Drivers have a duty of care to passengers and children….
This not only means driving with due care and attention to what is going on outside of the vehicle, but also what is going on inside the vehicle. Drivers across Canada are obligated to ensure that children under 16 wear their seatbelts even if they protest.
 In Galaske v. O’Donnell, the Supreme Court of Canada stated that “coexistent with the right to drive and control a car is the responsibility of the driver to take reasonable steps to provide for the safety of passengers.
Those reasonable steps must include not only the duty to drive carefully but also to see that seat belts are worn by young passengers who may not be responsible for ensuring their own safety.” Here in BC, traffic laws mandate that drivers must not drive a motor vehicle on a public roadway unless all their passengers are wearing seat belts or are secured in an approved and appropriate child restraint system or they may be subject to a fine.
The British Columbia Court of Appeal has recently elaborated on the duty of care to minor occupants of vehicles….
In 2011 the British Columbia Court of Appeal considered the case of Vedan v. Stevens. The defendant pick-up truck driver allowed four children to ride in the open bed even though there was room for them inside the truck. While driving, one of the children stood up and was either pushed, jumped or fell out of the back of the truck and sustained injuries when he hit the ground and was subsequently hospitalized. No witnesses gave evidence about what caused the child to fall out of the open pick-up.
The trial judge apportioned 75% of the liability onto the driver because he failed to ensure that the children were safe and 25% to the 12 year old child because he rode without a seatbelt and stood up, despite having learned about vehicle safety. However, on appeal, the decision was overturned and the Court ruled that the injured child could not bear part of the blame for his injuries and the driver was held 100% liable. Thus if you are driving with passengers in British Columbia, it is wholly the responsibility of the driver to ensure all vehicle occupants have seatbelts on. This will be especially true for younger passengers.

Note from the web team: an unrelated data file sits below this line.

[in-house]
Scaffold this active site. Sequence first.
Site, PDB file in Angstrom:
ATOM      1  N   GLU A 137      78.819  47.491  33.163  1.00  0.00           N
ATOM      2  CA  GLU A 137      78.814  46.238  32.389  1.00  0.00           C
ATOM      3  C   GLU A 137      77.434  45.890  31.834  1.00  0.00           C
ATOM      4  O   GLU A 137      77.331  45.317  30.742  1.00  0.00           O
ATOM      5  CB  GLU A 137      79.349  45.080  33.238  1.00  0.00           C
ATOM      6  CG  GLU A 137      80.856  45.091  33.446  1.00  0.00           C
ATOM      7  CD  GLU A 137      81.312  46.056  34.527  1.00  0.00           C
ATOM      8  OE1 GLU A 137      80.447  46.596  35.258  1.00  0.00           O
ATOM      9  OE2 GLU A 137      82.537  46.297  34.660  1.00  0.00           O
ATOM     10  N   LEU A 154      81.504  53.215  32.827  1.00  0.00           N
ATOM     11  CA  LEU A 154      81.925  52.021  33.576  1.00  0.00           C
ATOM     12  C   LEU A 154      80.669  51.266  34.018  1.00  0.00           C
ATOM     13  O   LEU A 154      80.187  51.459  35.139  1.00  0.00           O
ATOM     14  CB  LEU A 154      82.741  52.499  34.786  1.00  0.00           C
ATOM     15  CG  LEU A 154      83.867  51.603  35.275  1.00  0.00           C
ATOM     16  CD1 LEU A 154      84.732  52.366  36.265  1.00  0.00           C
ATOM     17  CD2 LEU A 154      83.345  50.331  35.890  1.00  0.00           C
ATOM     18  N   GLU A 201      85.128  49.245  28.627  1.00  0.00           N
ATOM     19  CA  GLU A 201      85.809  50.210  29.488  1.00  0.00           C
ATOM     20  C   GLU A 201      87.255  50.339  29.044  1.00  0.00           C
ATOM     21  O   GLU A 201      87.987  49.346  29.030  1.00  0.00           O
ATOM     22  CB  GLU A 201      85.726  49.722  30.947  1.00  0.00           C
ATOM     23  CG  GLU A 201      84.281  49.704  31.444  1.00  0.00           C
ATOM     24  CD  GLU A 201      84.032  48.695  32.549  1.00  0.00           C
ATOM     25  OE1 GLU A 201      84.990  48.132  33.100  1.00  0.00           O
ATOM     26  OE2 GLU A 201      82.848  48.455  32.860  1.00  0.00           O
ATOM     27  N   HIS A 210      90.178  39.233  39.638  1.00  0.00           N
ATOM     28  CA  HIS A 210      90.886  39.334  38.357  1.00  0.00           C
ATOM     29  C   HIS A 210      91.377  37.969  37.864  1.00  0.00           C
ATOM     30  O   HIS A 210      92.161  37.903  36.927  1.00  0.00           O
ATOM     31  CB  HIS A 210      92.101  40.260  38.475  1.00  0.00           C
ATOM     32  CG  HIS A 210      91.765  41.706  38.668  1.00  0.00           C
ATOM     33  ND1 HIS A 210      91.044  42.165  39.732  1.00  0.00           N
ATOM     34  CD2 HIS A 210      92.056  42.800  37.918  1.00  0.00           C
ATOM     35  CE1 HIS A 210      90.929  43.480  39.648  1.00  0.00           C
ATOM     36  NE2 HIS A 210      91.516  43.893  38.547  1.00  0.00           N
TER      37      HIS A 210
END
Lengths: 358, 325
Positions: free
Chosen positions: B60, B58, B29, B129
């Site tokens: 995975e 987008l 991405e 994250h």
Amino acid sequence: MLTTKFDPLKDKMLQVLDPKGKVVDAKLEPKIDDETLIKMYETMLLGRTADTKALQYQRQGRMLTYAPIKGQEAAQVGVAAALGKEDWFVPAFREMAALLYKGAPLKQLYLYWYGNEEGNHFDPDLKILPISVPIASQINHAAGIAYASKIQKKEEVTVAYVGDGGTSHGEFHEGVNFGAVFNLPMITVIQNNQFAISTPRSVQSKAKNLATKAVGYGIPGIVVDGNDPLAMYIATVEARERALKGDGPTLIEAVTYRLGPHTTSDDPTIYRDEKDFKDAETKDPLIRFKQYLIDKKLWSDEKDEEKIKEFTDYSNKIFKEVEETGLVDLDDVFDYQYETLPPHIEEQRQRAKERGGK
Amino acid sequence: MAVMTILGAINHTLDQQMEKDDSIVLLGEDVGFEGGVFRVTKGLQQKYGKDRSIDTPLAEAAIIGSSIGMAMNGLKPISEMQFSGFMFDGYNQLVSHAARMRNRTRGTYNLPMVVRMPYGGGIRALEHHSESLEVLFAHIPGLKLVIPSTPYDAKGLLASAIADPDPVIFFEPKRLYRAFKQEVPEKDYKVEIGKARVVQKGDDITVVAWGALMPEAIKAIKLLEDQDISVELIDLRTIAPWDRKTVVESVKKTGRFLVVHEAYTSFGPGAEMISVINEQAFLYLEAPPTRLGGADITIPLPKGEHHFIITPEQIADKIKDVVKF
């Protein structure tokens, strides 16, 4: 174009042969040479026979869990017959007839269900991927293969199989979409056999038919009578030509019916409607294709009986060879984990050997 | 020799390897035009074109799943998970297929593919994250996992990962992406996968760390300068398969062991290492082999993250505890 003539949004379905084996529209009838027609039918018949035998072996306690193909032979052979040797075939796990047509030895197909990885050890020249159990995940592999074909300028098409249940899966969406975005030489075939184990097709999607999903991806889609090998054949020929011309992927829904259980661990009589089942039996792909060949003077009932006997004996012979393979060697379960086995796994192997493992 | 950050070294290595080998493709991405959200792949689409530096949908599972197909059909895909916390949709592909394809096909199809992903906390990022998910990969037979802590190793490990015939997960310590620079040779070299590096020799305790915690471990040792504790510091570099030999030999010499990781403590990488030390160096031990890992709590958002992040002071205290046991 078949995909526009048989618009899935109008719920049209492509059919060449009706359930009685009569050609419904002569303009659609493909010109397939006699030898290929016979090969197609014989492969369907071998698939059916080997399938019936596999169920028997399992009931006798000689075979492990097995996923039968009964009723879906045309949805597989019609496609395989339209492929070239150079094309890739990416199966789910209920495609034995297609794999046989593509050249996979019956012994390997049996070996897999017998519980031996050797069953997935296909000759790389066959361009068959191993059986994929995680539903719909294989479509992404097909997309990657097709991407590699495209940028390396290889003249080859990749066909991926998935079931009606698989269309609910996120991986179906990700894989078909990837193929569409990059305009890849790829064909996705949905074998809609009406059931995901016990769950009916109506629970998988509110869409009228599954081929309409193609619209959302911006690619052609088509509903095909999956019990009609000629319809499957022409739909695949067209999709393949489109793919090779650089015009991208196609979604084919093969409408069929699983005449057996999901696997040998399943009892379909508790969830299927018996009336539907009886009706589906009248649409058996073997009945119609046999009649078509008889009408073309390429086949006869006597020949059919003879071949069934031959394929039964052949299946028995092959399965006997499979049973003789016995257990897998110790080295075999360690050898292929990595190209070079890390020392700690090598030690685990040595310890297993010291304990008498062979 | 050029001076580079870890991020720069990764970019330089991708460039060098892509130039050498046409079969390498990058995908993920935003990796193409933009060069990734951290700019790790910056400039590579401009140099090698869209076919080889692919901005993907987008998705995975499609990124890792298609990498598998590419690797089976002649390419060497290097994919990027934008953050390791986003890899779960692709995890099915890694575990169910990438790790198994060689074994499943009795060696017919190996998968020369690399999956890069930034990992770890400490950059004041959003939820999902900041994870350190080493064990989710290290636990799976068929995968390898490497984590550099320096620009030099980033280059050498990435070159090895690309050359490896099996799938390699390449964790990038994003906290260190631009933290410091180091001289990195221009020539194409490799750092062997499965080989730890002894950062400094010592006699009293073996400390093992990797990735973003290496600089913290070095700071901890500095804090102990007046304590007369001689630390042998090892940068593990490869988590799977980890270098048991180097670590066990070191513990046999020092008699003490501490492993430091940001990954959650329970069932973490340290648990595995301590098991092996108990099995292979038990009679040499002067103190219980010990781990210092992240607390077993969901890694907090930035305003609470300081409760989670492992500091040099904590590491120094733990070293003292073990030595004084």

Can a minor bring an action to court?
Technically, no. It is the responsibility of a minor’s parent or guardian to pursue any claims for personal injury or wrongful death. Once an action is commenced, the minor must act through a “litigation guardian” who is appointed according to the Supreme Court Civil Rules. The appointed litigation guardian must have no adverse interests. Usually the guardian is a parent or relative, but there is not requirement that the potential guardian be related to the minor. If there is no suitable litigation guardian the Public Guardian and Trustee may consider taking the role if it is in the child’s best interest.
What if a child is offered a settlement?
When a child is injured as a result of another individual’s negligence, the person (or the person’s insurer) may offer money to “settle” any legal claims the child may have against them. Because a child is not in a place to make these decisions on their own, the Public Guardian and Trustee must approve all personal injury and wrongful death settlements for minors. This is to ensure that the settlement provides adequate compensation. According to the Infants Act, the Public Guardian and Trustee may approve settlements of $50,000 or less on the child’s behalf. If however, the settlement is over $50,000, the Public Guardian and Trustee must make a recommendation to Court as to whether the settlement is adequate. The Court then makes the final decision whether the settlement will be approved.
Who is an “infant” for the purposes of a settlement under the Act?
Both “infant” and “minor” refer to an individual under 19 years of age in British Columbia.
What happens to any money awarded?
Settlements and judgments for minors are paid to the Public Guardian and Trustee. A separate account is established for each minor who receives funds. The Public Guardian will consider all requests from the minor of their parent or guardian to release funds held in trust. According to s. 14 of the Infants Act the Public Guardian has a broad discretion to use all or part of a minor’s fund for his or her “maintenance, education or benefit.” If the Public Guardian does not believe the release of funds is in the best interest of the child, it will be withheld.
If you disagree with a decision, a review may be requested. When a child has been catastrophically injured, the Public Guardian will consider both current and future needs in an attempt to plan for lifetime care and will consult the family about ongoing personal care, rehabilitation, or educational decisions. While held, the money is managed by the British Columbia Investment Management Corporation. When the minor reaches the age of majority, and where they are capable of managing his or her legal and financial affairs, the funds will be paid out in a lump sum.
To learn more about your child’s trust fund, visit the publication “Your Child’s Trust Fund: A Guide to Working with the Public Guardian and Trustee” available at: http://www.trustee.bc.ca/pdfs/CYS/childtrustfund.pdf
 Galaske v. O’Donnell,  S.C.J. No. 28.
 Motor Vehicle Act, RSBC 1996, c 318, s. 220.
 Vedan v. Stevens, 2010 BCSC 1735 (CanLII); Vedan v. Stevens, 2011 BCCA 386 (CanLII).
 Michael W. Biggs [et al.] British Columbia Motor Vehicle Accident Claims Practice Manual (Vancouver: Continuing Legal Education Society of British Columbia, 2011) Looseleaf, 16-12.
 Supreme Court Civil Rules, BC Reg 168/2009, (Court Rules Act), Rule 20-2.
 Biggs, supra at 16-13.
 Infants Act, RSBC 1996, c 223, ss. 40 – 42.
 Public Guardian and Trustee of British Columbia “Guardianship and Trust Management for Chilhttp://www.trustee.bc.ca/services/youth/infant_settlements.html
 Biggs, supra at 16-39.
 Ibid., at 16-40.
 Ibid., 16-42.